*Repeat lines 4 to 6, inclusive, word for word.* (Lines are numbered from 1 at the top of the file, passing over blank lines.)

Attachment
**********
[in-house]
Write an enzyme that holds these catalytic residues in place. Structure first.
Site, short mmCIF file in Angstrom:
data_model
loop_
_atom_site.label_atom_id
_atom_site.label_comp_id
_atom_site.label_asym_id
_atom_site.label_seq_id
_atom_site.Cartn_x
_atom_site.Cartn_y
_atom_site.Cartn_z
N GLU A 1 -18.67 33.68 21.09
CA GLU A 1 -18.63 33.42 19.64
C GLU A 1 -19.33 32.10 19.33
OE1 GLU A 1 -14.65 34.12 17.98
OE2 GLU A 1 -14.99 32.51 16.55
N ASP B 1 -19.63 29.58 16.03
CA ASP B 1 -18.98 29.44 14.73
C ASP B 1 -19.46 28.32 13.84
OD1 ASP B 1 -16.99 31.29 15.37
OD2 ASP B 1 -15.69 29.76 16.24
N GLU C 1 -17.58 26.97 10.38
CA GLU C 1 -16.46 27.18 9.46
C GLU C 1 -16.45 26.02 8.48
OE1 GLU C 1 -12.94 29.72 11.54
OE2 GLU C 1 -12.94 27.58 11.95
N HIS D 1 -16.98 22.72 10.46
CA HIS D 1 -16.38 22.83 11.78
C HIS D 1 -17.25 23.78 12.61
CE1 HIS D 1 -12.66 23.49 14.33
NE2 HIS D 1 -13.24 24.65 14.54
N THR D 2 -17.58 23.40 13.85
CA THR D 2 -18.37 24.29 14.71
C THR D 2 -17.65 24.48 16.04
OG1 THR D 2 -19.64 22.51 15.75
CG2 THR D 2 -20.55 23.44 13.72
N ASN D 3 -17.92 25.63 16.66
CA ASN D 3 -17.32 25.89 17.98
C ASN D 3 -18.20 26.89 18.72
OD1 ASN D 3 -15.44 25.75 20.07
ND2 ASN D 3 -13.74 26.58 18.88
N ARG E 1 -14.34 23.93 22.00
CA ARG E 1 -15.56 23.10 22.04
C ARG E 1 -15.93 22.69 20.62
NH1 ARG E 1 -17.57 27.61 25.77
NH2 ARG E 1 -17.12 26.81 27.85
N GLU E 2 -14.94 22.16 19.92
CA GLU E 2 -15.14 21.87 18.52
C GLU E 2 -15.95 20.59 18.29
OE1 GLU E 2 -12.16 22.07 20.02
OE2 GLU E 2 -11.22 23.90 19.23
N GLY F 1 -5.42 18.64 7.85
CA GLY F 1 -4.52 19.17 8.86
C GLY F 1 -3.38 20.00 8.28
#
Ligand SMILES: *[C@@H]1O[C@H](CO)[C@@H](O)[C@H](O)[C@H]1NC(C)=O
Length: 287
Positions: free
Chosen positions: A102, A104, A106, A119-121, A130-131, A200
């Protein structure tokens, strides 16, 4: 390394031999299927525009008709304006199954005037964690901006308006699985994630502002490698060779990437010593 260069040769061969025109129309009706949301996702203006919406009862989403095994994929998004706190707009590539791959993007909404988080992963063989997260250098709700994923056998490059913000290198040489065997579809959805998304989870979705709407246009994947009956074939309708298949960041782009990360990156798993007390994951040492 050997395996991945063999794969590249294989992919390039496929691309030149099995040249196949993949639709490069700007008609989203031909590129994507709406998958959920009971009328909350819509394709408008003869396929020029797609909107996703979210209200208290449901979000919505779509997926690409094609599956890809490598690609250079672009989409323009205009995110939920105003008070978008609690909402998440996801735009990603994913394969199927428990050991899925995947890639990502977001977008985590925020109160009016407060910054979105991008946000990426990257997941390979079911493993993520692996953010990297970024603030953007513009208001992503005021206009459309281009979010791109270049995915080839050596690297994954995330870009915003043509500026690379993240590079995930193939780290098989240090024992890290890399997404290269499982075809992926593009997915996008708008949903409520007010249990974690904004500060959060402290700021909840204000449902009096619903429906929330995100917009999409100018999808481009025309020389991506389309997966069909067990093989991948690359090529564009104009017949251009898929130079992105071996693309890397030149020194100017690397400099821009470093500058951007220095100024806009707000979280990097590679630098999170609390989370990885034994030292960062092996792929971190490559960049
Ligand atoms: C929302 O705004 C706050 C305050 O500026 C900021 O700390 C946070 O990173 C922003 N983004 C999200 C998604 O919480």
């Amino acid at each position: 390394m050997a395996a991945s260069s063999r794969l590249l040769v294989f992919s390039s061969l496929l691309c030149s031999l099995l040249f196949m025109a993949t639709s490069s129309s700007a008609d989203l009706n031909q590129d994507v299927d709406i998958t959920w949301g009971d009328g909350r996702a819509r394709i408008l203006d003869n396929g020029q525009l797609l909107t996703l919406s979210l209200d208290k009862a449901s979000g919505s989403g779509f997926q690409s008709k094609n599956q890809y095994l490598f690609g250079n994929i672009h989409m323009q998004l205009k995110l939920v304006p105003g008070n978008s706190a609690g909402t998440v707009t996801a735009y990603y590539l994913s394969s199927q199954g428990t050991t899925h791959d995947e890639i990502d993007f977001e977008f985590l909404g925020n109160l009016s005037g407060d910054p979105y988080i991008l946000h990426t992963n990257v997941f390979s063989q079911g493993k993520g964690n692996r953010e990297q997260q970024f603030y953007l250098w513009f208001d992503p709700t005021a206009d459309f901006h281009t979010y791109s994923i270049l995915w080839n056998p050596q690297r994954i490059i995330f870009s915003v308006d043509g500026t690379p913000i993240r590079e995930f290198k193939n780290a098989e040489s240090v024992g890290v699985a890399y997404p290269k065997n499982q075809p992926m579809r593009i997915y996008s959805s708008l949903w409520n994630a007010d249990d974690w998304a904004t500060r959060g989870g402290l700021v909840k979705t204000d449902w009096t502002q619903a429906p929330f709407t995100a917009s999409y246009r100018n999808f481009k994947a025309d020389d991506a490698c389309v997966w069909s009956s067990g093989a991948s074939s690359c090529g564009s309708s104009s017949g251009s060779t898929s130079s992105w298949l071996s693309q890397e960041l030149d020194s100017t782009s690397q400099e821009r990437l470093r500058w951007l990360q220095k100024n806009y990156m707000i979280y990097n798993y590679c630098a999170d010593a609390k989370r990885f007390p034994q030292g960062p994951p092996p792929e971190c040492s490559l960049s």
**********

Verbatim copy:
data_model
loop_
_atom_site.label_atom_id